Saturday, October 26, 2013

The News

So, the tests.

My doctor sent me for another blood test that day, on October 11th. Just to confirm the first results. Of course, they did.

Then a CT scan on the 17th. Chest, abdomen, pelvis. I hadn’t had one in a while, but it’s amazing how fresh the details stay. Choking down almost a full liter of barium in the hour before the scan. I did have my choice of flavors—mint, bubblegum, or orange—but there’s no hiding the chalky texture. For the record, I picked orange, but it really should have been called “vaguely orangish.”

Another part of the CT is the iodine dye that they send through an IV. The technician, a young guy named Eric with a bone-grinding handshake, put the line in my arm and fastened it with what later felt—when he pulled it off—like duct tape. He began to tell me what the iodine would feel like, but I stopped him and said that I’d been here before.

“Okay,” he says. “I’m starting it now.”

A puddle of heat spreads across the back of my throat. I swallow reflexively, but it’s not going to go away. In fact, it grows. I can feel the warmth leak slowly down the length of my spine and pool in my crotch. It’s not pleasant. It’s made even less pleasant by the fact that those two big containers of barium are now pushing urgently against my sphincter.

“We’re almost done,” he says, as if sensing my discomfort.

And then we were.

The results came in the following Monday. I was sitting in my office, ready to bike home but waiting for my doctor to call with the results. Finally, the phone rang.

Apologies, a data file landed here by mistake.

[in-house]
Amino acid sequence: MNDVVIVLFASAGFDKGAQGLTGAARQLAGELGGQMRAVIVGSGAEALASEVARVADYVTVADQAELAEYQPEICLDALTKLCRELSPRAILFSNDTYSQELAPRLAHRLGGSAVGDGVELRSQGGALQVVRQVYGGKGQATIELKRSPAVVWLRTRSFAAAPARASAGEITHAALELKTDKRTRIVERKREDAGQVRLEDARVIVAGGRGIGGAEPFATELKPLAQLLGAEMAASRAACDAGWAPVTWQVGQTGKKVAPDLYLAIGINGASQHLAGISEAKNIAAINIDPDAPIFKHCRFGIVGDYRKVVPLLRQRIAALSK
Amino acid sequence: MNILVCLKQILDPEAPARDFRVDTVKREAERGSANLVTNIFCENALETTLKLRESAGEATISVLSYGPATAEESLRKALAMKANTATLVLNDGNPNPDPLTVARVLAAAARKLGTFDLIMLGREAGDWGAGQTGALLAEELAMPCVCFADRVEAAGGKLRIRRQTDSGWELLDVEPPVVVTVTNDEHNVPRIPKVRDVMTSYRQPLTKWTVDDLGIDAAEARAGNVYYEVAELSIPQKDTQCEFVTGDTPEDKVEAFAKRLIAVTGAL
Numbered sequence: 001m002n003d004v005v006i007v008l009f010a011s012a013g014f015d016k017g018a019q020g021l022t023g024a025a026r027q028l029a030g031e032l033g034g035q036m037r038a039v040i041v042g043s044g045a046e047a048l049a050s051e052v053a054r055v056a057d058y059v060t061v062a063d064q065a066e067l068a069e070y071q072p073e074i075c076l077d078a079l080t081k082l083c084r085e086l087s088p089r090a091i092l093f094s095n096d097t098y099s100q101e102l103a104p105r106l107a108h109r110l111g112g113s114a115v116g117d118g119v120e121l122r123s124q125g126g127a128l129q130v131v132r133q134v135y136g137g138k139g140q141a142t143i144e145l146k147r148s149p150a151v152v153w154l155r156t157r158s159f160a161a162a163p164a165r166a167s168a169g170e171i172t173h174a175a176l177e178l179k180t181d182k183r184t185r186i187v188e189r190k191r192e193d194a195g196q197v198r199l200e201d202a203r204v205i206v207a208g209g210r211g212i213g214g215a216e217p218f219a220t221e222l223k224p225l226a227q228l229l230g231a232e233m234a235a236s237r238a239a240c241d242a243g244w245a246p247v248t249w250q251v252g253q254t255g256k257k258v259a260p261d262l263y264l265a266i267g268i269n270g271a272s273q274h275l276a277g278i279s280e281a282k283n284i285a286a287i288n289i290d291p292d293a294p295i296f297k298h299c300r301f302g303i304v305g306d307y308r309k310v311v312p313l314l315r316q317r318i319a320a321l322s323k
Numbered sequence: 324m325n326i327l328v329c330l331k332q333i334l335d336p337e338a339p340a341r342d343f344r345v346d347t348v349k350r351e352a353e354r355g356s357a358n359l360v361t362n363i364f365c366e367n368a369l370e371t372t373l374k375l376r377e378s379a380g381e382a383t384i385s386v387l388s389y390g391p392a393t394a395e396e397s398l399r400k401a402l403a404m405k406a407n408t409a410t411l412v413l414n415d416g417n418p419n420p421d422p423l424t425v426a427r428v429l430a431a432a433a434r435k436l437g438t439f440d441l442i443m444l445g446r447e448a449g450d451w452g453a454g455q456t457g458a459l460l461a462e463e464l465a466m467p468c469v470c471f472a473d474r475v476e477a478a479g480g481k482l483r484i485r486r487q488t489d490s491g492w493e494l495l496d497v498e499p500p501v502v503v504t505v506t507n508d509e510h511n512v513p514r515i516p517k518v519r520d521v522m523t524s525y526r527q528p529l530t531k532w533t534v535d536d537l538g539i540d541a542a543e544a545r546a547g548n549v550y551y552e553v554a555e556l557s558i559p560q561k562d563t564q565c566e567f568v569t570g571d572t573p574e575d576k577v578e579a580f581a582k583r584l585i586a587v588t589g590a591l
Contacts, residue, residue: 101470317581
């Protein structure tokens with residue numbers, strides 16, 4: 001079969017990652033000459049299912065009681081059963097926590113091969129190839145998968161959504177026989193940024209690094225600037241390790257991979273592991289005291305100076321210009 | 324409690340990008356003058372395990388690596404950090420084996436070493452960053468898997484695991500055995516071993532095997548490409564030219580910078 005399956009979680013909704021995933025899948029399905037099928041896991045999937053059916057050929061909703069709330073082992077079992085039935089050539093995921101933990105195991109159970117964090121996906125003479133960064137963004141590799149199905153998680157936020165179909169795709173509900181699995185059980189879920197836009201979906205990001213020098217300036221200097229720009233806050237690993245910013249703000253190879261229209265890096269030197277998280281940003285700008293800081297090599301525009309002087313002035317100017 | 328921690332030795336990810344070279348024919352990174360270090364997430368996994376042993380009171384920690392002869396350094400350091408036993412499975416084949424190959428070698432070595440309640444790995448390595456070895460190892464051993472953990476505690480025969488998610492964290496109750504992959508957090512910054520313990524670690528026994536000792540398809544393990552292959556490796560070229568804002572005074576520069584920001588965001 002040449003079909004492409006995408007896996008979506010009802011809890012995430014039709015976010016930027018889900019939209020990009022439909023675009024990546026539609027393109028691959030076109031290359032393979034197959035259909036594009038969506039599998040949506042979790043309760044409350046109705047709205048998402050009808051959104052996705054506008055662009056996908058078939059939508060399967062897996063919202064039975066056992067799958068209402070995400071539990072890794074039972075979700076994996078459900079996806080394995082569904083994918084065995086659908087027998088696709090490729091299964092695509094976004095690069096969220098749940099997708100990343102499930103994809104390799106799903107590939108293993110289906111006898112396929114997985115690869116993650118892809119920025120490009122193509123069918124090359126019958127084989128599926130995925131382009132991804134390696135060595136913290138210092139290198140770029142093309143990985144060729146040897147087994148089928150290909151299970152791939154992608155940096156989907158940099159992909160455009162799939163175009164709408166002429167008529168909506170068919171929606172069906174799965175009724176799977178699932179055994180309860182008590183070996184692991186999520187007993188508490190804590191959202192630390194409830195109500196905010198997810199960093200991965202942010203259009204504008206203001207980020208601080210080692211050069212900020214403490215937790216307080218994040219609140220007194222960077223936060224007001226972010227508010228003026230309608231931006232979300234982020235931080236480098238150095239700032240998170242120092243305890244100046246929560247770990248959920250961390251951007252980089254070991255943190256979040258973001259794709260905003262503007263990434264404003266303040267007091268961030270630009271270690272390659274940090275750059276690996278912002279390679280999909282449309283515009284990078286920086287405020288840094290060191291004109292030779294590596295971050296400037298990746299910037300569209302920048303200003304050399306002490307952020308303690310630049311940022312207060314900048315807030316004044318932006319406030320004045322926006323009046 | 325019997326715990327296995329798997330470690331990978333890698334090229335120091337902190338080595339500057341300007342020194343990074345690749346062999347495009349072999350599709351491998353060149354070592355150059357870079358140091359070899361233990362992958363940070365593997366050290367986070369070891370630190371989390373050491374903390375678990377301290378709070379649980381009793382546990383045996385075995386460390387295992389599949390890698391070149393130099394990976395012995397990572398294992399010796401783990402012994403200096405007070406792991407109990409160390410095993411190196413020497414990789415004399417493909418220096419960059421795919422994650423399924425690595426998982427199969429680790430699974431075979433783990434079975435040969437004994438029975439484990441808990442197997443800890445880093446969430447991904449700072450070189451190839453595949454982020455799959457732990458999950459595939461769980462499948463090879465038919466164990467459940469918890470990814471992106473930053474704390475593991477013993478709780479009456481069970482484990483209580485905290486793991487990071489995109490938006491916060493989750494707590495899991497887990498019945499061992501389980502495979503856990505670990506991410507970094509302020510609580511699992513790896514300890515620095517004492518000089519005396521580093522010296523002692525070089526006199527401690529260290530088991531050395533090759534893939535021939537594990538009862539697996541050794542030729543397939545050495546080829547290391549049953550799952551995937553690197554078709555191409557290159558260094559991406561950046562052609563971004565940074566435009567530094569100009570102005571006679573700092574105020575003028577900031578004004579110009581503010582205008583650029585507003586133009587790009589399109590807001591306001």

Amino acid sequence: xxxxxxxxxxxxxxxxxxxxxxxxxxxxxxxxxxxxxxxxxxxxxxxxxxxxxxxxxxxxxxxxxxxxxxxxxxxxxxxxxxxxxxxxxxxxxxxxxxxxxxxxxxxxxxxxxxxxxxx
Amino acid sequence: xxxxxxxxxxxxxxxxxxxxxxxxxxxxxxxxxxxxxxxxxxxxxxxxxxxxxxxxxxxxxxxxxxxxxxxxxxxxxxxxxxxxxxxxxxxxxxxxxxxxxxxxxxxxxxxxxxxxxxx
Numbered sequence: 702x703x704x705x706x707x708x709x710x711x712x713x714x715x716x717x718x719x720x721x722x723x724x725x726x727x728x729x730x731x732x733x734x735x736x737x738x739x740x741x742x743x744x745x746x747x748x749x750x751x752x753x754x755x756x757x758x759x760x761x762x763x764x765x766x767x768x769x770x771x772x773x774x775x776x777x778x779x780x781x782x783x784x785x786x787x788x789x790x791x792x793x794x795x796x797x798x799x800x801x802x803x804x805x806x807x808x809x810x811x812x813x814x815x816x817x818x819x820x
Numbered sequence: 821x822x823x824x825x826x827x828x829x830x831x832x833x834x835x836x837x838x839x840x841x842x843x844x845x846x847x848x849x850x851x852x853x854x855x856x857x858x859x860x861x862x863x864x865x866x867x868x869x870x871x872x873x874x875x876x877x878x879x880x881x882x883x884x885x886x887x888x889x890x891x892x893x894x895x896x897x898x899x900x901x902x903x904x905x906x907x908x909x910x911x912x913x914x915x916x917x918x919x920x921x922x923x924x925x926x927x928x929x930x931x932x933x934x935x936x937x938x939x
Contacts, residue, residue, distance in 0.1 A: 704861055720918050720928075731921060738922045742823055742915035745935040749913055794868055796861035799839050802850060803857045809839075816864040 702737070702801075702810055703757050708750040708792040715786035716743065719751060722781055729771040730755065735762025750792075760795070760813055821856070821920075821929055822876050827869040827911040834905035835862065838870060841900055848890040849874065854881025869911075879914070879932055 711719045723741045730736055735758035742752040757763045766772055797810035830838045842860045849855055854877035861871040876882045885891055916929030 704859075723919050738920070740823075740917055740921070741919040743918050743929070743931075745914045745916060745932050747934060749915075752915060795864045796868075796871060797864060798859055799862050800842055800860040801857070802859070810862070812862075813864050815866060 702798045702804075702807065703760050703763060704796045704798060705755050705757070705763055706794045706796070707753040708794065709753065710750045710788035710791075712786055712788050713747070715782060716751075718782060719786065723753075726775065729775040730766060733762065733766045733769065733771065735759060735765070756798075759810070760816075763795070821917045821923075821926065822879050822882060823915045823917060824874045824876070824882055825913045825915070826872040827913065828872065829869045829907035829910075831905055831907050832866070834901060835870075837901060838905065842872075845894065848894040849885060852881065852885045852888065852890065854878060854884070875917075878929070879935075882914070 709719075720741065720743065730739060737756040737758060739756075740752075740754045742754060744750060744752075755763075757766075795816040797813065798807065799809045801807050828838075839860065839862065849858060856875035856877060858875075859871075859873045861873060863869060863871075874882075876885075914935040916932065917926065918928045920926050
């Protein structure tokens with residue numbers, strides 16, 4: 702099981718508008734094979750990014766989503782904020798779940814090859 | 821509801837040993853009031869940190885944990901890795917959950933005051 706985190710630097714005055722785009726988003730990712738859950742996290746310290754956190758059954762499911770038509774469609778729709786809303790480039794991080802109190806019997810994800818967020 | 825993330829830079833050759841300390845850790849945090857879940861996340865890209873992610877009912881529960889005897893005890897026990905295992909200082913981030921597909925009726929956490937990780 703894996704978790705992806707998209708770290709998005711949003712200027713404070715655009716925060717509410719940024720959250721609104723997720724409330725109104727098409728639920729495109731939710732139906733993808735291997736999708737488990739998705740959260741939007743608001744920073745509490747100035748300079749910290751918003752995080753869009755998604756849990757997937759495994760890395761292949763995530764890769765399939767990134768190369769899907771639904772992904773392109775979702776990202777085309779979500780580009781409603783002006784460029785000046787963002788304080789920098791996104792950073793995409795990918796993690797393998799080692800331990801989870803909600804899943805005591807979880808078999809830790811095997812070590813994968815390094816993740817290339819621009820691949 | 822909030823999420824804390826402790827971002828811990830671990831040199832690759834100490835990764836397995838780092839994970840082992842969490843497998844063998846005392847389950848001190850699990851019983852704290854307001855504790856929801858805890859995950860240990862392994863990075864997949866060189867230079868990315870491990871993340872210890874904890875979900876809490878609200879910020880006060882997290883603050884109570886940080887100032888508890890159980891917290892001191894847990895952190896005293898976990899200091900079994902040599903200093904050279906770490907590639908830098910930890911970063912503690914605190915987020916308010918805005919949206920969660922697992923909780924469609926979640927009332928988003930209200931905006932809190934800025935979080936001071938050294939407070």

“How are you?” I asked him.

“I’m fine,” he said. “I wish I could say the same for you.”

He told me that I had “multiple growths” in roughly the same vicinity as last time. He said that he’d never heard of a ten-year recurrence of germ cell cancer. We made an appointment for the next day so that we could go over everything in more detail. I knew it was coming, but clearly a part of me still believed that the two blood tests had all been a giant mistake. And then, as if I needed another reminder that we’re all prisoners in our bodies and slaves to what they might do to us, I got cold, my hands—and, presumably, the rest of me—turned white, my head started to hum, and I felt like I was going to throw up.

The next thing I knew, I was standing in my kitchen and calling my son, whom I was supposed to pick up in twenty minutes. Somehow I had biked home, but I had no memory of the ride. It was gone, just like the fragile security I’d been living in.

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